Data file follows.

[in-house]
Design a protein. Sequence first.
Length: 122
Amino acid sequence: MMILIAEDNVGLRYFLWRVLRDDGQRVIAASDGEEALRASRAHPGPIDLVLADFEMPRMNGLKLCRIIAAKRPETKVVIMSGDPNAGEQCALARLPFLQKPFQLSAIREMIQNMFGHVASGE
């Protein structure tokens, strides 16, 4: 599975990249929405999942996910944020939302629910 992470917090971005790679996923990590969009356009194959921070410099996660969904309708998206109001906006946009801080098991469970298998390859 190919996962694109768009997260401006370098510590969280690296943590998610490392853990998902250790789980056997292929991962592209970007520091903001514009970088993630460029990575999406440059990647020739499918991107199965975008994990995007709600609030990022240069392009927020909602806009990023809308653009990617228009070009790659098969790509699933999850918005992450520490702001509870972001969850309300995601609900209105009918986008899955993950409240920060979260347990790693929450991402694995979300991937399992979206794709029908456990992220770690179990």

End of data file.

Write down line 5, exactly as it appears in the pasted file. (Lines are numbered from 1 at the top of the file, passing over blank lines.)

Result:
């Protein structure tokens, strides 16, 4: 599975990249929405999942996910944020939302629910 992470917090971005790679996923990590969009356009194959921070410099996660969904309708998206109001906006946009801080098991469970298998390859 190919996962694109768009997260401006370098510590969280690296943590998610490392853990998902250790789980056997292929991962592209970007520091903001514009970088993630460029990575999406440059990647020739499918991107199965975008994990995007709600609030990022240069392009927020909602806009990023809308653009990617228009070009790659098969790509699933999850918005992450520490702001509870972001969850309300995601609900209105009918986008899955993950409240920060979260347990790693929450991402694995979300991937399992979206794709029908456990992220770690179990």